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Food Drive Comes at a ‘Dire’ Time

October 7, 2008

By HARVY LIPMAN, STAFF WRITER

As far as the people running North Jersey’s food pantries are concerned, the annual Action Against Hunger food drive couldn’t be coming at a more crucial time.

“We are totally out of certain critical foods,” said Patricia Espy, executive director of the Center for Food Action in Englewood, which operates seven pantries in Bergen County and one in Passaic County. “The situation is dire. We need the drive to be as successful as possible.”

Conditions are even worse at CUMAC in Paterson, Passaic County’s largest pantry, which was forced to close its doors for two days last month when it ran completely out of supplies. “We are open again, but we have very limited resources,” said Laura Purdy, the agency’s administrative director.

The food drive takes place from noon to 4 p.m. next Sunday. Area residents can make donations of cash or non-perishable food items at more than 100 locations across North Jersey, including Kings, Pathmark, ShopRite, A&P, Foodtown and Stop & Shop supermarkets.

This is the 17th year for the drive, which distributes food and money to more than 60 emergency food pantries in Bergen, Passaic, Essex and Morris counties. Last year’s effort collected 111 tons of food and nearly $13,000, according to Susan Kurland, the food drive coordinator.

“This year we’d like to get over 100 tons and over $15,000 in cash,” said Jennifer Borg, president of North Jersey Media Group Foundation, which sponsors the drive. The foundation is the charitable and community service arm of North Jersey Media, which publishes The Record.

“It’s the single largest source of food that we have,” Espy said. Last year CFA received about $200,000 worth of supplies from the drive, she added, accounting for about 10 percent of all its donations. “Usually we’re still using that food in February.”

CUMAC took in nearly 50,000 pounds of food from the 2007 drive, according to Debbie Fletcher, the group’s office manager. “In past years we’ve looked to the food drive to get us through the winter months into the next year, because donations in the winter are usually slow.”

But the pantry operators are worried that the food from this year’s drive may be exhausted much quicker. The reason: a vast increase in the number of people they’re serving and declining donations for the past several months, both caused by the weak economy.

“We’re really nervous about what’s coming in this year,” Fletcher said. “We may not even make it to Thanksgiving at this rate.”

“I’ve never seen it this bad at this time of year,” added Espy. “September was one of our lowest months ever in terms of cash coming in. There’s so much bad news, people probably felt nervous about giving to charity. We’re pretty much out of funds for the year, except for what we have left from last year’s food drive — which we divided into 12 monthly allocations.”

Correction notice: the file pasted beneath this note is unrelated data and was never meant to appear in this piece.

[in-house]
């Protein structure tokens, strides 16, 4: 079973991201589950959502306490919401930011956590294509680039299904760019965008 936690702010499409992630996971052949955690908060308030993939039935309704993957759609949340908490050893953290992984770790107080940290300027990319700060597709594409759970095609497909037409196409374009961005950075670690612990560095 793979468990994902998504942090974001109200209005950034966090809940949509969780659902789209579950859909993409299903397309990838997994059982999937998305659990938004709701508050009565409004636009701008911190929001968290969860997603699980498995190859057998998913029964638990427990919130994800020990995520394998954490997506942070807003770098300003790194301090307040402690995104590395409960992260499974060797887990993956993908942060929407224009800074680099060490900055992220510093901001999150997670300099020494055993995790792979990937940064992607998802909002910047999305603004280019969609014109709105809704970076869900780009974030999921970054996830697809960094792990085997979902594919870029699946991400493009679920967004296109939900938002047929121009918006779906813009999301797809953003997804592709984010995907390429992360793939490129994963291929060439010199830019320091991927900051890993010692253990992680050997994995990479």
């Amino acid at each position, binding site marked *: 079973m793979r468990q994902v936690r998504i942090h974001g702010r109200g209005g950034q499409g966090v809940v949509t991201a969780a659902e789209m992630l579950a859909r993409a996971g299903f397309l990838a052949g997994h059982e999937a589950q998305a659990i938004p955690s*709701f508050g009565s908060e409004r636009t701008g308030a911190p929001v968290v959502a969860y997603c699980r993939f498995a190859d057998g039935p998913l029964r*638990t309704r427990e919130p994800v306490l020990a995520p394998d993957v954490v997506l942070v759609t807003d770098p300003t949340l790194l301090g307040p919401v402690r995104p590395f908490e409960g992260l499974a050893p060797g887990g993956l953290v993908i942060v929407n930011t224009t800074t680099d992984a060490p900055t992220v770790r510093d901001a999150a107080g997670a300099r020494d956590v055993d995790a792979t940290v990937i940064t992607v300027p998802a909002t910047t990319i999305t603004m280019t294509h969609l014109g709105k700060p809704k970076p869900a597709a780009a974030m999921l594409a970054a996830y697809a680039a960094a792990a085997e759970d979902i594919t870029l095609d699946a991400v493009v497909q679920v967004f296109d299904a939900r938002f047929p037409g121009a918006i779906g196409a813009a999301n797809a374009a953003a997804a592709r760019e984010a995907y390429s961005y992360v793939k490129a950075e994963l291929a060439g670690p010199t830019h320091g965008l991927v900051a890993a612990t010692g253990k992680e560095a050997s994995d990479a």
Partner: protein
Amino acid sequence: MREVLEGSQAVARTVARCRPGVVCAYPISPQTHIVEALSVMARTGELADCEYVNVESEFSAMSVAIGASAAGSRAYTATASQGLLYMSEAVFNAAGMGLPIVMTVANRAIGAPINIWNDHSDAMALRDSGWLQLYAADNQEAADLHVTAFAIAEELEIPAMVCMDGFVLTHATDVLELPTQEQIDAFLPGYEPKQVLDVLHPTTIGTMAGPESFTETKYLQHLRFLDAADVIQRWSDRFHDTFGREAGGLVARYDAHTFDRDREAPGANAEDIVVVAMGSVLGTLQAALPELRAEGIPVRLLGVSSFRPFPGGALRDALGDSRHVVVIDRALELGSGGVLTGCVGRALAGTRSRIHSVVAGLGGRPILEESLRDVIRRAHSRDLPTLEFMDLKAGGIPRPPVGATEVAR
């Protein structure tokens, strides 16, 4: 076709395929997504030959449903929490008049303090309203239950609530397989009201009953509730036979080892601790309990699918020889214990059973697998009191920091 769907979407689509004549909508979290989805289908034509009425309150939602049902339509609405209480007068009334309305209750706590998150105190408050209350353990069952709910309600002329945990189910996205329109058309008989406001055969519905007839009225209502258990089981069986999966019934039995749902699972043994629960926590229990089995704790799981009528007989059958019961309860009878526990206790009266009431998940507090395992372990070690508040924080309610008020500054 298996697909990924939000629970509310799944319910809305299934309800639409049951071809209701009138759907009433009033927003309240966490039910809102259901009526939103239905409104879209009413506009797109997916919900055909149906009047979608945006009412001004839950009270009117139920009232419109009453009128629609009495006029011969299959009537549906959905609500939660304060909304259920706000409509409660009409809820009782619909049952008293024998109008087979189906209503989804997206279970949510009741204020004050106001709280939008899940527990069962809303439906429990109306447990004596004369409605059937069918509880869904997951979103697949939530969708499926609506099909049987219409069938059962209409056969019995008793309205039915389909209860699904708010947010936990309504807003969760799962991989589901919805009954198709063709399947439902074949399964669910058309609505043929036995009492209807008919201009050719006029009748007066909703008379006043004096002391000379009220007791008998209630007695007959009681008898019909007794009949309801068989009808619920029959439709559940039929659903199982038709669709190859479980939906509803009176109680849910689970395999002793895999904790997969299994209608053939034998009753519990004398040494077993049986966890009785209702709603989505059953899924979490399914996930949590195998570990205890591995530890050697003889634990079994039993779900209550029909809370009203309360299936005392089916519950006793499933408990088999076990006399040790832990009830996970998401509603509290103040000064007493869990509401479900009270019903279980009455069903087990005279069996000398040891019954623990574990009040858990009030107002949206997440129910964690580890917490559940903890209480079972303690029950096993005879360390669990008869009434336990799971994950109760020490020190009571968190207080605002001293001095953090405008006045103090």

Those monthly amounts won’t be enough to cover the cost of buying and transporting food, she said. The pantries also get support through ShopRite’s Partners in Caring program. The supermarket company donates about $2 million annually into an account with the Community Food Bank of New Jersey in Hillside. Participating food pantries each get a share, and can buy food at discounted prices until they use up their funds.

Espy said CFA exhausted the amount in its Food Bank account for the third quarter of the year early in September. She expects to use up the money set aside for the last three months of the year some time in November.

What’s driving the crisis is a huge jump in the number of clients. Through August, CUMAC saw a 30 percent increase. Into July, CFA was seeing 18 percent more people than it had over the first seven months of last year. But in August and September, Espy said, the increase jumped to more than 30 percent over 2007.

“They’re people who have been low income but were squeaking by,” Espy said. “Now they’re facing higher food prices and energy costs. We’re seeing people who have been laid off, but the bigger part is we’re seeing people whose hours have been cut back. Where they could get by when they worked 30 or 35 hours a week, now they’re only working 20 hours.”

CFA also is seeing more elderly clients on fixed incomes.

“We saw a huge jump in the number of seniors in September,” she noted. “People told us they were running short for all sorts of reasons. One said he was hit with a rent increase. Somebody else had lost their drug insurance coverage.”

Espy added that she can’t be sure at this point whether the sudden increase in demand from older people was a one-month anomaly or the beginning of a trend. “But if it’s a trend, we’re in big trouble,” she said.

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Fast facts

The 17th annual Action Against Hunger food drive is Oct. 12 from noon to 4 p.m. You can bring cash donations or non-perishable food items to any of more than 100 participating sites, including ShopRite, Kings, A&P, Foodtown, Pathmark and Stop & Shop supermarkets across North Jersey.

Tax-deductible donations may also be made online at www.ActionAgainstHunger.com, or mailed to North Jersey Media Group Foundation, c/o Legal Department, PO Box 75, Hackensack, NJ 07602- 9192. For more information visit the Web site, e-mail fooddrive@northjersey.com or call 201-646-4029.

ShopRite, Kraft and the New York Giants are also sponsoring a special fund-raiser at 7 p.m. Monday in the Stadium Club at Giants Stadium to support Partners in Caring a program that funds local food banks. Tickets are available at the door or on the Giants Web site, giants.com.

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E-mail: lipman@northjersey.com

(c) 2008 Record, The; Bergen County, N.J.. Provided by ProQuest LLC. All rights Reserved.




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